What will be the new normal for governments in Asia?
By Gerald Wang
Gerald Wang, head of public sector and health insights at IDC Asia Pacific, shares how governments can pivot to tech to build post-Covid resilience.
In fact, public sector decision makers should not waste the transformative opportunities brought about by global socioeconomic adversities. Instead they should break the mold and target stimulus monies on new technological innovations, productivity and value-creation tools, as well as built up manpower competencies in newly desired digital organisations, workspaces, supply chains, and operations- all that will contribute to a faster-paced fiscal recovery post-COVID-19.
Our research at IDC forecasted that public sectors will have a busy 2020 with a new range of IT skills to master- ranging from ways to implement 5G, making blockchain a part of public sector transaction processes, defending against intrusions into digital trust, and understanding (and also limiting) how AI is used inside the enterprise. COVID-19 has further accelerated these predictions.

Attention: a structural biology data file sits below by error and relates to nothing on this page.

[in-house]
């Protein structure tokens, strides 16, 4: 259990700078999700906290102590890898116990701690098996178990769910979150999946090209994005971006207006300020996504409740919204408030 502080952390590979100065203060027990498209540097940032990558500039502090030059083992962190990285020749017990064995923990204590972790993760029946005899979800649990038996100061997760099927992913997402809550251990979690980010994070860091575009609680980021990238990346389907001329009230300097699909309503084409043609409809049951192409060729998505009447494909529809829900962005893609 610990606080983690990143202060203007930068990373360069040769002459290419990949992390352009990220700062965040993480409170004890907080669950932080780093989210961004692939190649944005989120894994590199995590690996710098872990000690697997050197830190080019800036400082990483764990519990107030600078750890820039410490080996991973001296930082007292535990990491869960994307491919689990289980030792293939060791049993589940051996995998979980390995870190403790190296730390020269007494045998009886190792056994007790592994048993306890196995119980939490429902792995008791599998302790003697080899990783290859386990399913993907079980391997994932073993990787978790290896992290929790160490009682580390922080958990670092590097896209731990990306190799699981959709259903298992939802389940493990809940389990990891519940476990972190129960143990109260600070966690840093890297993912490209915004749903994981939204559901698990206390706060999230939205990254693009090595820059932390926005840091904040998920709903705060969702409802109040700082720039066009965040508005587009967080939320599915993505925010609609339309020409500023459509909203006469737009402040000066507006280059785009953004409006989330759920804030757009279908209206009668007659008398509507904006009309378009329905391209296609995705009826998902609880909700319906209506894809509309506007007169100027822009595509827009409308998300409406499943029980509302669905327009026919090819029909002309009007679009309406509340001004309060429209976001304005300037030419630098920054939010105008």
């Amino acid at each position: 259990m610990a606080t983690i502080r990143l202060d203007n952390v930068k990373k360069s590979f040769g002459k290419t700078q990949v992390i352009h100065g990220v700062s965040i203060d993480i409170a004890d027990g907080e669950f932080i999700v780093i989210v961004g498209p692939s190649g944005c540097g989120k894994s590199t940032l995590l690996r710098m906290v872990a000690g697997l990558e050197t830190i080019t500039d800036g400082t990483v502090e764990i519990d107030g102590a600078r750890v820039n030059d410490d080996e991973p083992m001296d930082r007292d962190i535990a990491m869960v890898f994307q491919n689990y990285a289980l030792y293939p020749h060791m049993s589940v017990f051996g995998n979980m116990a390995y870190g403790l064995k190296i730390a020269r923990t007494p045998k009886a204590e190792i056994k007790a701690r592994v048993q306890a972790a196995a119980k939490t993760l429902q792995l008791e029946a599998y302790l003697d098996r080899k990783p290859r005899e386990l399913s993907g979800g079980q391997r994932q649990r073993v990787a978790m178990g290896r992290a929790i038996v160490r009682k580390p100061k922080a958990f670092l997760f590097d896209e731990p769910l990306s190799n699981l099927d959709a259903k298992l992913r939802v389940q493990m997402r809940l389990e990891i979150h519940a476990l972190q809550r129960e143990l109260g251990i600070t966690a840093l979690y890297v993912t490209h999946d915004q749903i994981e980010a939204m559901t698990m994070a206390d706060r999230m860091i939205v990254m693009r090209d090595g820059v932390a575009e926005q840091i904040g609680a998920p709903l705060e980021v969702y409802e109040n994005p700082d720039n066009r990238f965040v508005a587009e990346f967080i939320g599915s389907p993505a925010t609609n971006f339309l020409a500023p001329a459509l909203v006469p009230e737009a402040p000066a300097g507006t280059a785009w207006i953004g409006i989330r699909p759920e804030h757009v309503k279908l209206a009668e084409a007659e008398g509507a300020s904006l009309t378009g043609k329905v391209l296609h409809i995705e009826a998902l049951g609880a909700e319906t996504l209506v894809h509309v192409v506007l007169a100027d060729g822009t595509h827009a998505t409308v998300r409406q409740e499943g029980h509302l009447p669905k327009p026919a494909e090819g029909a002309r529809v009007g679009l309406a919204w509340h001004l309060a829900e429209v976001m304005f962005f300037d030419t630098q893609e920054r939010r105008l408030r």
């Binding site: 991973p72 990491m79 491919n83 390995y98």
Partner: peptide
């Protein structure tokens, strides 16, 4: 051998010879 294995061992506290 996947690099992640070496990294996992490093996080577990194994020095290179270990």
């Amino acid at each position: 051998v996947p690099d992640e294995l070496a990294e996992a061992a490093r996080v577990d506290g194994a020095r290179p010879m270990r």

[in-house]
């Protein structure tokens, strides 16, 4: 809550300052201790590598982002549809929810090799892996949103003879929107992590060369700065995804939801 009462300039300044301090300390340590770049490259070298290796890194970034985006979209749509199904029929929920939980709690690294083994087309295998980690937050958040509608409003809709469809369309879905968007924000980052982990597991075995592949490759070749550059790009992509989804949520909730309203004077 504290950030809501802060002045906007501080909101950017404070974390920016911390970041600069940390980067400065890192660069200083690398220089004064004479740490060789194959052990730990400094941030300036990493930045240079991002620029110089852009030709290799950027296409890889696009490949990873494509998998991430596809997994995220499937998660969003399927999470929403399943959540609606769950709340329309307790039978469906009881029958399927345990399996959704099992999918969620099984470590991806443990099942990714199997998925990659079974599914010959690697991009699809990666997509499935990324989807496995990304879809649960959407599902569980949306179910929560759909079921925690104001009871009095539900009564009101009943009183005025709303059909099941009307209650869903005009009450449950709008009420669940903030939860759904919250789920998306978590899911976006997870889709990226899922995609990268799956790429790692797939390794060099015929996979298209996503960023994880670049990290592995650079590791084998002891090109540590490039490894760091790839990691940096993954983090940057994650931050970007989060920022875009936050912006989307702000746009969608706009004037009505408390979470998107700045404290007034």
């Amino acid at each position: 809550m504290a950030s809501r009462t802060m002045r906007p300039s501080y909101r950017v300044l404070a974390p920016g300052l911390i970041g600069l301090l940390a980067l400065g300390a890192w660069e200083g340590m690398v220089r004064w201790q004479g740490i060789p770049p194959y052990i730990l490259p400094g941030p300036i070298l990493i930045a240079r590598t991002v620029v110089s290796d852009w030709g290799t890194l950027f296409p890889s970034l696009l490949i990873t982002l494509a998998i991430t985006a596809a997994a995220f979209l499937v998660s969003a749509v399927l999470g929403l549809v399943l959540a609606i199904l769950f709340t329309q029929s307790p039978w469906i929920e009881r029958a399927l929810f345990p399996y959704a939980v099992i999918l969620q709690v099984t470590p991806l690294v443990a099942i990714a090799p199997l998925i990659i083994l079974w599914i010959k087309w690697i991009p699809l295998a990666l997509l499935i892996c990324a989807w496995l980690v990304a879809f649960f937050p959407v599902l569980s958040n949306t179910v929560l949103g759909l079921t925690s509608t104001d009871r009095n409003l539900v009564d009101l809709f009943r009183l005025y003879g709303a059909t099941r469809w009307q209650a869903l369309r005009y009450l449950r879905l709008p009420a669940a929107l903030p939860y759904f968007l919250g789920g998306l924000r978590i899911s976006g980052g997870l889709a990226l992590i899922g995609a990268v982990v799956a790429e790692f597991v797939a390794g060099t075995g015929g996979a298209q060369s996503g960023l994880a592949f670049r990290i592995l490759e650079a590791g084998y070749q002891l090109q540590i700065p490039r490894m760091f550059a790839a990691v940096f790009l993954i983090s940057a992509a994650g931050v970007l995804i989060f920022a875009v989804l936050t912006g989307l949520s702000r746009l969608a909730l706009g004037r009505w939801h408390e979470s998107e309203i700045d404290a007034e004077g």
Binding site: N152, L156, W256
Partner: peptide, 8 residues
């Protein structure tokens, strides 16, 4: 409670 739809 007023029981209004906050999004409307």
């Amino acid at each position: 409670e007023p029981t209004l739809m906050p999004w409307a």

Remote care services
A renewed and urgent focus on deploying telehealth initiatives as patients, doctors, pharmacy stores and delivery networks, payment systems, etc. all rely now on a connected digital healthcare platform to dispense contactless medical services. Accessibility will be the first phase. Once that is achieved, customer experience best practices will be adopted for each stakeholder of the health value-chain. Care must be taken to ensure the digitally displaced are not excluded from essential care services.
Distance learning options
Tertiary institutions, and k-12 Government schools are forced today to move digital learning content online as nations go into lockdown and campuses shut down. This provides administrators and teaching staff the opportunity to deploy their ‘learning anywhere, anytime’ pilots into full production ecosystems, testing out the full viability of student administration and learning management systems. Care must be taken to ensure the digitally displaced are not excluded from essential education services, especially at k-12 or compulsory education levels.